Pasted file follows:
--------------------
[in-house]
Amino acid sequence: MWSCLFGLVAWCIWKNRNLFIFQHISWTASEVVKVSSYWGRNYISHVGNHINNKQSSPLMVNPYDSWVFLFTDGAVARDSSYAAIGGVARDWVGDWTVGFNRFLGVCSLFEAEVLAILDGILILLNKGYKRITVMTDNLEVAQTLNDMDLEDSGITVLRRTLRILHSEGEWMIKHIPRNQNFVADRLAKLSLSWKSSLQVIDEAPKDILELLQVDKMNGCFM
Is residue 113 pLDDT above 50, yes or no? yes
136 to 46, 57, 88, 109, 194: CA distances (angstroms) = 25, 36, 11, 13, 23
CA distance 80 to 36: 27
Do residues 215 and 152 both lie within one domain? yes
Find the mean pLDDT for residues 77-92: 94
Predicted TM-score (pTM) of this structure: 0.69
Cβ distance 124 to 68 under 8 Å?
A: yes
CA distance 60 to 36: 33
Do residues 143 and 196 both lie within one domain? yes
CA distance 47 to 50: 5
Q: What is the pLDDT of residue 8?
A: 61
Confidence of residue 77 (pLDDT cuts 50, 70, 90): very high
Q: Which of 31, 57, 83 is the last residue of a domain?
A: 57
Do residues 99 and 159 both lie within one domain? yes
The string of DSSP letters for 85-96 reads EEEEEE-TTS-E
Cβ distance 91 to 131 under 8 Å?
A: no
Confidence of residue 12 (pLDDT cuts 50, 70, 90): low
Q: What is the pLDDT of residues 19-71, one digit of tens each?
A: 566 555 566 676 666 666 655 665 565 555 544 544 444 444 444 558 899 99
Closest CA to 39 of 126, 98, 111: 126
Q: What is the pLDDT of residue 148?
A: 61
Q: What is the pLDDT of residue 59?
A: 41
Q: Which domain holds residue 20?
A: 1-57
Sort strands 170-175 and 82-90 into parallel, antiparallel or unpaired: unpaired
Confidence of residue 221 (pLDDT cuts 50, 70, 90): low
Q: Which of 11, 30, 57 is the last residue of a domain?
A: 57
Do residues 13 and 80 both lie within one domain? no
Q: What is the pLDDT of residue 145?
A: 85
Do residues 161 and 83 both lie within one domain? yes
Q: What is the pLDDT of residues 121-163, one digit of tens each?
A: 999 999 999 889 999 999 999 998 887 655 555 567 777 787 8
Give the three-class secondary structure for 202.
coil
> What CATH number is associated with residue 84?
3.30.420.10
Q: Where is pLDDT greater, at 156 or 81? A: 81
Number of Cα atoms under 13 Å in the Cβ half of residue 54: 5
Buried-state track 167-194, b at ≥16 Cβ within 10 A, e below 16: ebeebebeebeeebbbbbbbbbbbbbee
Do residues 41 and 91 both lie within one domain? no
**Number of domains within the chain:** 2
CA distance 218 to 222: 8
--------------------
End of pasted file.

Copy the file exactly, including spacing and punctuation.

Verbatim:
[in-house]
Amino acid sequence: MWSCLFGLVAWCIWKNRNLFIFQHISWTASEVVKVSSYWGRNYISHVGNHINNKQSSPLMVNPYDSWVFLFTDGAVARDSSYAAIGGVARDWVGDWTVGFNRFLGVCSLFEAEVLAILDGILILLNKGYKRITVMTDNLEVAQTLNDMDLEDSGITVLRRTLRILHSEGEWMIKHIPRNQNFVADRLAKLSLSWKSSLQVIDEAPKDILELLQVDKMNGCFM
Is residue 113 pLDDT above 50, yes or no? yes
136 to 46, 57, 88, 109, 194: CA distances (angstroms) = 25, 36, 11, 13, 23
CA distance 80 to 36: 27
Do residues 215 and 152 both lie within one domain? yes
Find the mean pLDDT for residues 77-92: 94
Predicted TM-score (pTM) of this structure: 0.69
Cβ distance 124 to 68 under 8 Å?
A: yes
CA distance 60 to 36: 33
Do residues 143 and 196 both lie within one domain? yes
CA distance 47 to 50: 5
Q: What is the pLDDT of residue 8?
A: 61
Confidence of residue 77 (pLDDT cuts 50, 70, 90): very high
Q: Which of 31, 57, 83 is the last residue of a domain?
A: 57
Do residues 99 and 159 both lie within one domain? yes
The string of DSSP letters for 85-96 reads EEEEEE-TTS-E
Cβ distance 91 to 131 under 8 Å?
A: no
Confidence of residue 12 (pLDDT cuts 50, 70, 90): low
Q: What is the pLDDT of residues 19-71, one digit of tens each?
A: 566 555 566 676 666 666 655 665 565 555 544 544 444 444 444 558 899 99
Closest CA to 39 of 126, 98, 111: 126
Q: What is the pLDDT of residue 148?
A: 61
Q: What is the pLDDT of residue 59?
A: 41
Q: Which domain holds residue 20?
A: 1-57
Sort strands 170-175 and 82-90 into parallel, antiparallel or unpaired: unpaired
Confidence of residue 221 (pLDDT cuts 50, 70, 90): low
Q: Which of 11, 30, 57 is the last residue of a domain?
A: 57
Do residues 13 and 80 both lie within one domain? no
Q: What is the pLDDT of residue 145?
A: 85
Do residues 161 and 83 both lie within one domain? yes
Q: What is the pLDDT of residues 121-163, one digit of tens each?
A: 999 999 999 889 999 999 999 998 887 655 555 567 777 787 8
Give the three-class secondary structure for 202.
coil
> What CATH number is associated with residue 84?
3.30.420.10
Q: Where is pLDDT greater, at 156 or 81? A: 81
Number of Cα atoms under 13 Å in the Cβ half of residue 54: 5
Buried-state track 167-194, b at ≥16 Cβ within 10 A, e below 16: ebeebebeebeeebbbbbbbbbbbbbee
Do residues 41 and 91 both lie within one domain? no
**Number of domains within the chain:** 2
CA distance 218 to 222: 8